Peter Arnell is taking on Thailand and, eventually, maybe Toyota.
The design guru, who caught plenty of flack for his redesigns of Pepsi products, which included the infamous Tropicana repackaging, has set his sights on Thailand. Mr. Arnell plans to present a promotional campaign to the government this week, according to The Nation. It's just his way of giving back, after becoming smitten with the country during a 12-day visit in December.
He tells the magazine that he believes he can "make this place famous for what it's famous for, instead of what we think it's famous for." All of which sounds somewhat familiar.
The country "is a sensible, harmonious, calm, peaceful and respectful country driven by humanity and a soulfulness, unlike any other place in the world," he says. (It is a beautiful, unique place unlike any other. And the advertising there is hilariously weird. But Arnell must have missed all that news coverage about the corrupt government, the economy-crippling protests, the separatists in the southern part of the country and other woes over the past few years.)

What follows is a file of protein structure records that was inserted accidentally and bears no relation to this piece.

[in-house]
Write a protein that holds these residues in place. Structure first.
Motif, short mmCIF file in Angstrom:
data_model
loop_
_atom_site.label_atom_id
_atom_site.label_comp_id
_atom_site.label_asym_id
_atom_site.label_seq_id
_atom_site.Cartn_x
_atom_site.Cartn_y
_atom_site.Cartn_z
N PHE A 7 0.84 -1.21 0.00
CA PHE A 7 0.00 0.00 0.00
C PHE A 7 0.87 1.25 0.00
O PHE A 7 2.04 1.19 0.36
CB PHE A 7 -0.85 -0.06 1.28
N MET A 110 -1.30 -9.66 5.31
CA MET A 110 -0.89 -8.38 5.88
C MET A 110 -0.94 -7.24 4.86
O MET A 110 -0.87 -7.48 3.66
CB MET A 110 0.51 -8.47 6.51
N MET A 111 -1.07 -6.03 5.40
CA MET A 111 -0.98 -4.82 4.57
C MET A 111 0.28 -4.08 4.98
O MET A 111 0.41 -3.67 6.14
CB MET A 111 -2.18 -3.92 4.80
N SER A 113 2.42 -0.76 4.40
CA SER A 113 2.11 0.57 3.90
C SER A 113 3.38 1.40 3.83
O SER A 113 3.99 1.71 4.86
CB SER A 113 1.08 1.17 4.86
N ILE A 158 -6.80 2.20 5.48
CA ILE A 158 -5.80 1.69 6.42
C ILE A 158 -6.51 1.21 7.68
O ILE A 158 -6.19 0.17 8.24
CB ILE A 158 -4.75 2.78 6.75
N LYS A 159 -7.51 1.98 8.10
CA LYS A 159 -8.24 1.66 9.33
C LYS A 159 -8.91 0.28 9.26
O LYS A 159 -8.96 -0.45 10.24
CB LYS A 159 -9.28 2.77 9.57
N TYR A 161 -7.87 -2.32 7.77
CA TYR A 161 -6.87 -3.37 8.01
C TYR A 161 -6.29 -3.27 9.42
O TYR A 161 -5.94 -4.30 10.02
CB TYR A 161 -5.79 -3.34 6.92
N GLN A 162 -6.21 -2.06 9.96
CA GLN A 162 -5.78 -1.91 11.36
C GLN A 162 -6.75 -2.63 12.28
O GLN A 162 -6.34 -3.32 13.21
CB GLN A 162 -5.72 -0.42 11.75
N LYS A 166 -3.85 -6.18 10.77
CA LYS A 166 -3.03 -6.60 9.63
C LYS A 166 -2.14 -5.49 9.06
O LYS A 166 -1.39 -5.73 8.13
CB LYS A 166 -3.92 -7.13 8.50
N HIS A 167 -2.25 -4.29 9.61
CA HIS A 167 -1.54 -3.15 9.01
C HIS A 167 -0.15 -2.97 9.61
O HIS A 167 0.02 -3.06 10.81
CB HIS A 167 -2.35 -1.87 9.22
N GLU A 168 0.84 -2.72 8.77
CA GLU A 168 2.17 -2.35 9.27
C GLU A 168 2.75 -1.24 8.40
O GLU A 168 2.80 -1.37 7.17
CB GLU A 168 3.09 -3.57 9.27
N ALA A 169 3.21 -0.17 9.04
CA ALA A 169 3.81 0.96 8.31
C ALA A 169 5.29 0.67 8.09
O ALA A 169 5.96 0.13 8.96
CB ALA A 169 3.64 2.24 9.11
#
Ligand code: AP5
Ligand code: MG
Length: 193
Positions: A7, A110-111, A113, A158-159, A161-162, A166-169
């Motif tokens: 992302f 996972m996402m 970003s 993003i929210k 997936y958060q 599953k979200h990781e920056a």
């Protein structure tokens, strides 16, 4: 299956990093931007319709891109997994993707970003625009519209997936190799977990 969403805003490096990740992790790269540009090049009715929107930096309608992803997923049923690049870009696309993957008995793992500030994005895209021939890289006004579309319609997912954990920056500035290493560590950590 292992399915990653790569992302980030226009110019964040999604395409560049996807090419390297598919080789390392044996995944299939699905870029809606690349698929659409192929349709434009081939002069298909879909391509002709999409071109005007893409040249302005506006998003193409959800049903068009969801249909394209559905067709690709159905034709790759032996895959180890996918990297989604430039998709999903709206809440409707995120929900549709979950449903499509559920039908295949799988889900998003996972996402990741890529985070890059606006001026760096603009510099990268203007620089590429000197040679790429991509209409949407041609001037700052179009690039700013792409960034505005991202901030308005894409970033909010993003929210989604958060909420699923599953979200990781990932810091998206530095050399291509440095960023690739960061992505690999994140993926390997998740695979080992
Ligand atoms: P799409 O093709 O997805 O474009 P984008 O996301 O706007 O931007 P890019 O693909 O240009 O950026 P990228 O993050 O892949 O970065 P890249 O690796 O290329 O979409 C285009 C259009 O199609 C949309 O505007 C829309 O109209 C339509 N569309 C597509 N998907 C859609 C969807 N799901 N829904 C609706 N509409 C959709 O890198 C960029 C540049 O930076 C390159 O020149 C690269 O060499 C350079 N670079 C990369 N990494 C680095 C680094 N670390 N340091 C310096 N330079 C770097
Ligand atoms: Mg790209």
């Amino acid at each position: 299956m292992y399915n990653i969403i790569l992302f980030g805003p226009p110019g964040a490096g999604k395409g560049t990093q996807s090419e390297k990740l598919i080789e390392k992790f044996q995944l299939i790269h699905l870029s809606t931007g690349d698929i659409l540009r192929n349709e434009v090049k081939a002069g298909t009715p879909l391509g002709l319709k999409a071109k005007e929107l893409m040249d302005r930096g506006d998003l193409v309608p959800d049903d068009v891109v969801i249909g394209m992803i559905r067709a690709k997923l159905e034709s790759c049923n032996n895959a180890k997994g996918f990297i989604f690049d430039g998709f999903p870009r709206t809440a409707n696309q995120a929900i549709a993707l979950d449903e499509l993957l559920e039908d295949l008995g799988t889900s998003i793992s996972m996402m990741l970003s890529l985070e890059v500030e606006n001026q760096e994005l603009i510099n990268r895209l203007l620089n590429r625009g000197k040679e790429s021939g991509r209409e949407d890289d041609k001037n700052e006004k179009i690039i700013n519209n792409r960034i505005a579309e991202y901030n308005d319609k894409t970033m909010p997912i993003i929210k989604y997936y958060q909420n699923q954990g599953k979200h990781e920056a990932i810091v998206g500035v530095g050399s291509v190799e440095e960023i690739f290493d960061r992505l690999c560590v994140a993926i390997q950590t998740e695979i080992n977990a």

Arnell also wanted to refocus Tropicana's consumers on the juice, rather than the orange. And we all know how well that went.
For the record, Arnell tells the publication the Tropicana repackaging failure was a result of the country's mood, not the design. "It came at a time when the economy was crashing, we had a new president -- it was held up as a symbol of, you know, 'Why now?' I can't imagine a goddamn container of oranges getting more attention worldwide. It was incredible."
Mr. Arnell goes on to say that Thailand is in need of a symbol, a la Switzerland's cross or Canada's maple leaf. (Hmmm. There might be a hint on a bottle of Chang beer.) It's not clear whether the Thai government is interested in bringing Arnell onboard.
But, if they pass, it looks like others should prepare themselves to be enlightened. Apparently, he's got advice for President Obama, as well as Toyota. "The Nation" says Arnell "swears he could single-handedly redeem" the ailing auto brand. Big talk from the guy with a less-than-stellar record at Chrysler.